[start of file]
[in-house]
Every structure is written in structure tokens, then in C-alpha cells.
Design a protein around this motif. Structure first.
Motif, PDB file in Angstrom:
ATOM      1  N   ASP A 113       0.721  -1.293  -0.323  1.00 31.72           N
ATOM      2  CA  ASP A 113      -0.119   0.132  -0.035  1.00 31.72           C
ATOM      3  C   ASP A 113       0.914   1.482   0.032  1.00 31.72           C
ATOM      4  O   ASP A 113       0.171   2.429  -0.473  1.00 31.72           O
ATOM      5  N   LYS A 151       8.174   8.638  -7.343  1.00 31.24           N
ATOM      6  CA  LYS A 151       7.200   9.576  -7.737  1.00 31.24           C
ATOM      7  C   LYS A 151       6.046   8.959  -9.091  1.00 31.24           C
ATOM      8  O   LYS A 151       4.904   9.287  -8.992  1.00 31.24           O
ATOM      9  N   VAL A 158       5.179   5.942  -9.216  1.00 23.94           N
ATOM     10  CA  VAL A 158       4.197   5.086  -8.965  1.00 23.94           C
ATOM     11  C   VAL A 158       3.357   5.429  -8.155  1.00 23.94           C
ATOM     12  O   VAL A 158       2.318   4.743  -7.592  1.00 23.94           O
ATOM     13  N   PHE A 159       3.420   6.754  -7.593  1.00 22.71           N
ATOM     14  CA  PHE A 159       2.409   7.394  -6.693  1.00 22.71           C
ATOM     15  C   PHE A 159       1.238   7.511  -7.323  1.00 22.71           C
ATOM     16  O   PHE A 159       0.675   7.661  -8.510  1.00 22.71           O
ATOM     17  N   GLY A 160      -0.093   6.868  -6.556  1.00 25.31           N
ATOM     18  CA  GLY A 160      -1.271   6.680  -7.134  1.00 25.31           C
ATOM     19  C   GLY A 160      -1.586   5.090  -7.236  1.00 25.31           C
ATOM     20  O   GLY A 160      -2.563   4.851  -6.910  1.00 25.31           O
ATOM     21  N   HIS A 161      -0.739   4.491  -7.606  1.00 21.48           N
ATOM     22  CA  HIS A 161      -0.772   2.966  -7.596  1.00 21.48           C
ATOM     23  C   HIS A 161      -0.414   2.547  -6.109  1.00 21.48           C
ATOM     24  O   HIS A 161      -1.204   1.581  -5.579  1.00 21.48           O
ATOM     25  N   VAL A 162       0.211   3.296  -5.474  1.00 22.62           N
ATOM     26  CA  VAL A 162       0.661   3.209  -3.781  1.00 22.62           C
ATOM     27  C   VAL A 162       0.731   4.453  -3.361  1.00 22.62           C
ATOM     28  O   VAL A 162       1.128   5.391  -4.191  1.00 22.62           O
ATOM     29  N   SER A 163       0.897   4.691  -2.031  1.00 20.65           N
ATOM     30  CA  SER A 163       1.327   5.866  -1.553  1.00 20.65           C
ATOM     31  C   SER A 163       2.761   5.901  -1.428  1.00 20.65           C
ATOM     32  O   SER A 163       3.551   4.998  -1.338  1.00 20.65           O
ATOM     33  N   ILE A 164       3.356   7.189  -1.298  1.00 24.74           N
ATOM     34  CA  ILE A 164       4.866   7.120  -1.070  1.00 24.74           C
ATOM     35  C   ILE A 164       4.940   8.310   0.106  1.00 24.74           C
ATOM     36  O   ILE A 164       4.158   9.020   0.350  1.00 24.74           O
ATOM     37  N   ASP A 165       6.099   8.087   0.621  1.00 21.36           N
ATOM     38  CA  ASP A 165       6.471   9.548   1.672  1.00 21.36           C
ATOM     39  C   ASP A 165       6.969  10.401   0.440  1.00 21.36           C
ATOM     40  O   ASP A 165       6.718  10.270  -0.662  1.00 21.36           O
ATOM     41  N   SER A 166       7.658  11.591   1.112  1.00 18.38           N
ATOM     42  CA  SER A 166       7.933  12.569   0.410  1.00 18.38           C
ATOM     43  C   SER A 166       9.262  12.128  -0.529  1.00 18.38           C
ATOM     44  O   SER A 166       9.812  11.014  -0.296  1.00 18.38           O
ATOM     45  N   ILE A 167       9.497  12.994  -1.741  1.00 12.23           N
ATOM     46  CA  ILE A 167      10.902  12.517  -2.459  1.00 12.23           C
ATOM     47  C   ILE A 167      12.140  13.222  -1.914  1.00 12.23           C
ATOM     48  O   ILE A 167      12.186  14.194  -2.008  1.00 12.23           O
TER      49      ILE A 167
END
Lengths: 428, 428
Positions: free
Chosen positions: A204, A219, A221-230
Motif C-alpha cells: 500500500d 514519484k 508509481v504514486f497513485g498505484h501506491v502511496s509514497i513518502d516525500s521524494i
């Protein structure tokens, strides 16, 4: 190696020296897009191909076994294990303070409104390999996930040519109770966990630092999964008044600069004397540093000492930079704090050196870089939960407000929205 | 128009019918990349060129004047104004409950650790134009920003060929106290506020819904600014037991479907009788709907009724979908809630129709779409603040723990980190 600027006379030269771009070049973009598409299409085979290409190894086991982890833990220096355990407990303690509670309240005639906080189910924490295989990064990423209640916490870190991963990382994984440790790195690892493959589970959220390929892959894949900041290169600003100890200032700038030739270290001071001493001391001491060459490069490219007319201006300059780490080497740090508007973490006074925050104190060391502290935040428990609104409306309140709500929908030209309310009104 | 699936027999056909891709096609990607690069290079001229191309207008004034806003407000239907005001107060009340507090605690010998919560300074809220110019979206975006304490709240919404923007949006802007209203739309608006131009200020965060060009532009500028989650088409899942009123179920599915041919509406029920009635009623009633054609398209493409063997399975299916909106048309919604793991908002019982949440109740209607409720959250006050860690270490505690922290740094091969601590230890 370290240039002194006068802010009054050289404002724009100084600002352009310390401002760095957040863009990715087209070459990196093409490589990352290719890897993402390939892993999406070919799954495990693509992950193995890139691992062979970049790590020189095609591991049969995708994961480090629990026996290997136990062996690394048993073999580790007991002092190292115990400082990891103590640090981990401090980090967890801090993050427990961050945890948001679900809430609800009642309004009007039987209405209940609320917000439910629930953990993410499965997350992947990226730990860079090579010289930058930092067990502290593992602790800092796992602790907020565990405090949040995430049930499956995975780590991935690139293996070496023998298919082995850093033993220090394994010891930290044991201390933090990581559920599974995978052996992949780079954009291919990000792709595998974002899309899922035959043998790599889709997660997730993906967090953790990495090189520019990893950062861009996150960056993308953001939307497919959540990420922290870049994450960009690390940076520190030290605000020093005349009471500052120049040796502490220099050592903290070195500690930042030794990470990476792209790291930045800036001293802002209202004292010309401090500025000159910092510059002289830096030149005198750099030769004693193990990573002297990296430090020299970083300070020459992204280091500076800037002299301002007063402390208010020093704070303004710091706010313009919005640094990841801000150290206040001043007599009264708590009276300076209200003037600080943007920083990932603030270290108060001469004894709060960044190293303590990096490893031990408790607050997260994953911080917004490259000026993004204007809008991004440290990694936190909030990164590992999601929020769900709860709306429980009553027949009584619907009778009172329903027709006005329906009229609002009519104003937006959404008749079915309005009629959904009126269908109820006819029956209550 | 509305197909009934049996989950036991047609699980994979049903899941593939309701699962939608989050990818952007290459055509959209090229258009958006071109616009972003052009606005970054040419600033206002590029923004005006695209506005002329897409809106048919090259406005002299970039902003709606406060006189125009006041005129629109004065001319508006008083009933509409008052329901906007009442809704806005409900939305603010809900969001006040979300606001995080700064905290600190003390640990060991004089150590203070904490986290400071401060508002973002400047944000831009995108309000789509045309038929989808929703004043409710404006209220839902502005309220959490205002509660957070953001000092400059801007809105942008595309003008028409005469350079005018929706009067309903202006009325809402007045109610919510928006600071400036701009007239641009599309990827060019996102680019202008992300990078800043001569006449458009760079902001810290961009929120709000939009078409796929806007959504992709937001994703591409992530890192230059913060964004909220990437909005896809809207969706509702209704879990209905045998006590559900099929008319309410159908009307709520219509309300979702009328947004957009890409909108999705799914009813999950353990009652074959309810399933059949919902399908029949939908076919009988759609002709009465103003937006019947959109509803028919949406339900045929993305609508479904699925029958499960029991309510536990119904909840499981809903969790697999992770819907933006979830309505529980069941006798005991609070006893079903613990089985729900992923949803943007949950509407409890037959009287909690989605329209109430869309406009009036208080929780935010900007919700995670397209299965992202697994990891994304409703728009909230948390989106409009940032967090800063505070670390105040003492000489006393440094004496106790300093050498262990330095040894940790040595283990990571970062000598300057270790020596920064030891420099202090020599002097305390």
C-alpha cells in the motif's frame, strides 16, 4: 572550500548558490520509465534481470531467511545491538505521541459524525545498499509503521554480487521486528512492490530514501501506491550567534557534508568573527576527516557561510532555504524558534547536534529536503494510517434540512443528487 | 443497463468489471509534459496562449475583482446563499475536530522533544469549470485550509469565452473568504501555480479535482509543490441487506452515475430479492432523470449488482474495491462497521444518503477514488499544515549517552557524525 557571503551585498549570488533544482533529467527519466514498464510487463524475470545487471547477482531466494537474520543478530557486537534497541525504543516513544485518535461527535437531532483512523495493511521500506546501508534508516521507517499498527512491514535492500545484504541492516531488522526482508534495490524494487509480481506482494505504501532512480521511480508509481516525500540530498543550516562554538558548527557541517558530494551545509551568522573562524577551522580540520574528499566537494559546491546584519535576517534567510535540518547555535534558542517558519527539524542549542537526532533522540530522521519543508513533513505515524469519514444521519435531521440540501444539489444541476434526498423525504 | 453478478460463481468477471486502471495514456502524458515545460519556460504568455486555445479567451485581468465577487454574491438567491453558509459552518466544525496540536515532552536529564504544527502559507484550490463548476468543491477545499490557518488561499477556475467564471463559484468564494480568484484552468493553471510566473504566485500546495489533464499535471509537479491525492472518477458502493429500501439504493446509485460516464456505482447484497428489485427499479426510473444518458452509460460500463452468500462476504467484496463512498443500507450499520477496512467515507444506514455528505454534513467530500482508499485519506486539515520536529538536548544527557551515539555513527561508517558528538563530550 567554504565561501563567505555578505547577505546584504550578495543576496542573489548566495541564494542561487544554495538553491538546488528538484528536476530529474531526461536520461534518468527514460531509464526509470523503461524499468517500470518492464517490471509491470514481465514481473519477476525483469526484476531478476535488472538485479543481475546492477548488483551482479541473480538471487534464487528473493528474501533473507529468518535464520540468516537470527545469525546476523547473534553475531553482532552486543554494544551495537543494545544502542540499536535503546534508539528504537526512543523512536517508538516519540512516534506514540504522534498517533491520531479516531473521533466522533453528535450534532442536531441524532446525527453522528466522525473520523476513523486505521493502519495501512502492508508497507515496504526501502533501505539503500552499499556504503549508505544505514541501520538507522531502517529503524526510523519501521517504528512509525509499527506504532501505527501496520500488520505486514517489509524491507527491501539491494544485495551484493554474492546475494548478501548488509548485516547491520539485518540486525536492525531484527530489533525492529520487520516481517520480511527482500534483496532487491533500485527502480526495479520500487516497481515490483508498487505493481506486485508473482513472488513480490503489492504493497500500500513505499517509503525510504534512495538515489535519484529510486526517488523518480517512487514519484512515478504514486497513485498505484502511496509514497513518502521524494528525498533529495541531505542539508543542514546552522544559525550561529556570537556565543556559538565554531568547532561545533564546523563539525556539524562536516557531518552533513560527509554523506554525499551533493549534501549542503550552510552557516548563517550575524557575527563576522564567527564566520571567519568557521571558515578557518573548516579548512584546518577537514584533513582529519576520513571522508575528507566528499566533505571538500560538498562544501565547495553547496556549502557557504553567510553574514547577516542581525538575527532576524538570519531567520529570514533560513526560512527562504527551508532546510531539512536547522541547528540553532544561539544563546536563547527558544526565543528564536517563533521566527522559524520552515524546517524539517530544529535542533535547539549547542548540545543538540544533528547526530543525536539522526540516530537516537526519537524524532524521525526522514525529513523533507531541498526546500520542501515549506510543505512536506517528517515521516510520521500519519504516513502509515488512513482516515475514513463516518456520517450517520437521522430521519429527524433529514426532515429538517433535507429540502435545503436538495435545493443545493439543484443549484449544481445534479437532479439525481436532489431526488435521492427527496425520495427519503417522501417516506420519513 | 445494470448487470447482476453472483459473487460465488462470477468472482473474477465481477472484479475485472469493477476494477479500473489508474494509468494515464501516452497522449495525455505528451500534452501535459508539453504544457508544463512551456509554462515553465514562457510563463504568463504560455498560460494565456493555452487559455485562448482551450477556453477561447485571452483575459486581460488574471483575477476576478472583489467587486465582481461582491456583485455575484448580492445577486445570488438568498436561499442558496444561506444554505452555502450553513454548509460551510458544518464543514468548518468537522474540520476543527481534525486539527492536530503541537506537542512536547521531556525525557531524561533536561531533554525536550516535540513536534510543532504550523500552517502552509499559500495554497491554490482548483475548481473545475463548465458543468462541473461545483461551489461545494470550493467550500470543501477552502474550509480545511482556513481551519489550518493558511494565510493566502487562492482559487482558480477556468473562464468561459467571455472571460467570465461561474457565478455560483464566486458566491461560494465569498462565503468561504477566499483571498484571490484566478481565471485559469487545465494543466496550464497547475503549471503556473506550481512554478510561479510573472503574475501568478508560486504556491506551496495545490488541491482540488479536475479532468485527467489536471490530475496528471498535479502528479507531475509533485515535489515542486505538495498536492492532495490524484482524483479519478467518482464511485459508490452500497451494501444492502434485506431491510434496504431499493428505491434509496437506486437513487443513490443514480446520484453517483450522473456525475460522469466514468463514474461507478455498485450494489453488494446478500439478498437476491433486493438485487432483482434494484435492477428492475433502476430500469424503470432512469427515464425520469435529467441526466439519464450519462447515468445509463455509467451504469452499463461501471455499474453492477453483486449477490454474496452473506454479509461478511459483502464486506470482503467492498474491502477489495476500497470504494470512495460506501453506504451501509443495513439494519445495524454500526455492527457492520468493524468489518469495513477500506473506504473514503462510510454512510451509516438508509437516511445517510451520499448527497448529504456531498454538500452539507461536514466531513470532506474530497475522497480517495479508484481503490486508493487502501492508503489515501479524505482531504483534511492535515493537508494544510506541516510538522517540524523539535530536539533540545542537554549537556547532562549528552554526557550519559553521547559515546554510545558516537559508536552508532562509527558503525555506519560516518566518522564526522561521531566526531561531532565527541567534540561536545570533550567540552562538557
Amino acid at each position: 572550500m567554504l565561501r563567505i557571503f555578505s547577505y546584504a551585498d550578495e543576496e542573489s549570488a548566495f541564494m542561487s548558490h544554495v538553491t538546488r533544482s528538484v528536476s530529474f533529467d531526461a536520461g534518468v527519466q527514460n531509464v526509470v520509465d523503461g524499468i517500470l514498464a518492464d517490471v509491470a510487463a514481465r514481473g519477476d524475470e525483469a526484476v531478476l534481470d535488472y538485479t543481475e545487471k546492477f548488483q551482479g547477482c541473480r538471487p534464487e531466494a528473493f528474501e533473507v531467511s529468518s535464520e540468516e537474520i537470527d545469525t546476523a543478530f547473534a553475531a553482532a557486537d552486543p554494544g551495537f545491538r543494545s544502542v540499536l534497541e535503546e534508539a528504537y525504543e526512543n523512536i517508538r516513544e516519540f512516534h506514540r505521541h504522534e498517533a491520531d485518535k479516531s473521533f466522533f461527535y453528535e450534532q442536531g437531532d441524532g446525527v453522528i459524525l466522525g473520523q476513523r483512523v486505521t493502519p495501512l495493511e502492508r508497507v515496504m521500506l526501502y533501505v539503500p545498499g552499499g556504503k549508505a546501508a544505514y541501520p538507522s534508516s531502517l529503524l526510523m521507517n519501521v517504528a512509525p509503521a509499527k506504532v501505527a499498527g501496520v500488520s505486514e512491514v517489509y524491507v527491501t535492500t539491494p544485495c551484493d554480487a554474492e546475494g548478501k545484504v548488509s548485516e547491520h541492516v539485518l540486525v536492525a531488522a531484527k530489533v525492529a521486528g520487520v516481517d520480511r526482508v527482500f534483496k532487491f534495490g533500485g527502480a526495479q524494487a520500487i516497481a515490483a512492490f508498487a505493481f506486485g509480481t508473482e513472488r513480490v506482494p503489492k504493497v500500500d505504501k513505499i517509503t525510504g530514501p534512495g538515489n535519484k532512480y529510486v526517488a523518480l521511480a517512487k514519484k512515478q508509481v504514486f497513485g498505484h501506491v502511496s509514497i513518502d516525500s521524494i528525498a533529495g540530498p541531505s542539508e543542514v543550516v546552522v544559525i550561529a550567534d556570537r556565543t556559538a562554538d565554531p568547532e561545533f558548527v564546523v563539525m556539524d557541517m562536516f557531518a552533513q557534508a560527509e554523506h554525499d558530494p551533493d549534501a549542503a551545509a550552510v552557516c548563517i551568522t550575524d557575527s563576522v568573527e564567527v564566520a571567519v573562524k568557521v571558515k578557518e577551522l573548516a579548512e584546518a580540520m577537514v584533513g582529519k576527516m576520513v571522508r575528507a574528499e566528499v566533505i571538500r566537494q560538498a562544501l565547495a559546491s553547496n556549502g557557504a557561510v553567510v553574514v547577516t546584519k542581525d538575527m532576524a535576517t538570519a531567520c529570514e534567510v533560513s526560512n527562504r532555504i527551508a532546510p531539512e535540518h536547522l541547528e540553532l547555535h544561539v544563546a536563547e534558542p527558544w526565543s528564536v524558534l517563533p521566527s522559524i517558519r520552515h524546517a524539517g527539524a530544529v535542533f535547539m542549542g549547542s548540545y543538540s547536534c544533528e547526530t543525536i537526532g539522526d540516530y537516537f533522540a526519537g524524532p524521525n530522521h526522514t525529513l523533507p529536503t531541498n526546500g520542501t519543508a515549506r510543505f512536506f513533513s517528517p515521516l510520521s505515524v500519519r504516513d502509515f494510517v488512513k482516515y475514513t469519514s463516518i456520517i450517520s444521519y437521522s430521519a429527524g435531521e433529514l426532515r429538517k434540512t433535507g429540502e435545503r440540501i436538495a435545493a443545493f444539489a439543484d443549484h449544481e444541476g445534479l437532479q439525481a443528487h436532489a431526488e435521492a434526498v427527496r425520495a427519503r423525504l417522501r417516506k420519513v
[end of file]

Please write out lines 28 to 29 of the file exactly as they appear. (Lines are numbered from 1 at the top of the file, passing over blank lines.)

ATOM     24  O   HIS A 161      -1.204   1.581  -5.579  1.00 21.48           O
ATOM     25  N   VAL A 162       0.211   3.296  -5.474  1.00 22.62           N